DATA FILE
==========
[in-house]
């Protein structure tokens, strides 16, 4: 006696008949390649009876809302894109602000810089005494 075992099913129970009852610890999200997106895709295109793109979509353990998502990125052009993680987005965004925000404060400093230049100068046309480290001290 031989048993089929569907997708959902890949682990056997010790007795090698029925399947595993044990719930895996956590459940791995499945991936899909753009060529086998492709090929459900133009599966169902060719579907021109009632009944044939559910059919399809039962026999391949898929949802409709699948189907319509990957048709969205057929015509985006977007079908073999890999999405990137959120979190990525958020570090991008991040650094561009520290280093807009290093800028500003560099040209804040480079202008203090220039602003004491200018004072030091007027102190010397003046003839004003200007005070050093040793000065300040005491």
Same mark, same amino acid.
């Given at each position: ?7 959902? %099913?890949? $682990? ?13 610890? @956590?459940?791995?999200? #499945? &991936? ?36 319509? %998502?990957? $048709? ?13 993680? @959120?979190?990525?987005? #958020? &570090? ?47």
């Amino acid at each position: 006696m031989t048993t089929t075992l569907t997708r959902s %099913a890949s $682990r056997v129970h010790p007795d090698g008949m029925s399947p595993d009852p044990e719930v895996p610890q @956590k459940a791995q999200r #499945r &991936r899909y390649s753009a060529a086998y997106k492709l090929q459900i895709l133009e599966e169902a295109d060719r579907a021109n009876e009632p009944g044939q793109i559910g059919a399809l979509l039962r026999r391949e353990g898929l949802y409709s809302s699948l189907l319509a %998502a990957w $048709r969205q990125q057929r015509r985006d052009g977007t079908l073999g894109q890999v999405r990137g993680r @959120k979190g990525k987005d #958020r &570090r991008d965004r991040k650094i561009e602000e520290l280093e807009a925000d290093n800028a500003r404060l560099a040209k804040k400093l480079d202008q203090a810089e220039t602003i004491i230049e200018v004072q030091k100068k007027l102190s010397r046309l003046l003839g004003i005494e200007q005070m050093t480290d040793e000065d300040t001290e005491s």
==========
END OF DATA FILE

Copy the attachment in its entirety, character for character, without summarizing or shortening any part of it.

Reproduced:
[in-house]
């Protein structure tokens, strides 16, 4: 006696008949390649009876809302894109602000810089005494 075992099913129970009852610890999200997106895709295109793109979509353990998502990125052009993680987005965004925000404060400093230049100068046309480290001290 031989048993089929569907997708959902890949682990056997010790007795090698029925399947595993044990719930895996956590459940791995499945991936899909753009060529086998492709090929459900133009599966169902060719579907021109009632009944044939559910059919399809039962026999391949898929949802409709699948189907319509990957048709969205057929015509985006977007079908073999890999999405990137959120979190990525958020570090991008991040650094561009520290280093807009290093800028500003560099040209804040480079202008203090220039602003004491200018004072030091007027102190010397003046003839004003200007005070050093040793000065300040005491």
Same mark, same amino acid.
């Given at each position: ?7 959902? %099913?890949? $682990? ?13 610890? @956590?459940?791995?999200? #499945? &991936? ?36 319509? %998502?990957? $048709? ?13 993680? @959120?979190?990525?987005? #958020? &570090? ?47």
């Amino acid at each position: 006696m031989t048993t089929t075992l569907t997708r959902s %099913a890949s $682990r056997v129970h010790p007795d090698g008949m029925s399947p595993d009852p044990e719930v895996p610890q @956590k459940a791995q999200r #499945r &991936r899909y390649s753009a060529a086998y997106k492709l090929q459900i895709l133009e599966e169902a295109d060719r579907a021109n009876e009632p009944g044939q793109i559910g059919a399809l979509l039962r026999r391949e353990g898929l949802y409709s809302s699948l189907l319509a %998502a990957w $048709r969205q990125q057929r015509r985006d052009g977007t079908l073999g894109q890999v999405r990137g993680r @959120k979190g990525k987005d #958020r &570090r991008d965004r991040k650094i561009e602000e520290l280093e807009a925000d290093n800028a500003r404060l560099a040209k804040k400093l480079d202008q203090a810089e220039t602003i004491i230049e200018v004072q030091k100068k007027l102190s010397r046309l003046l003839g004003i005494e200007q005070m050093t480290d040793e000065d300040t001290e005491s």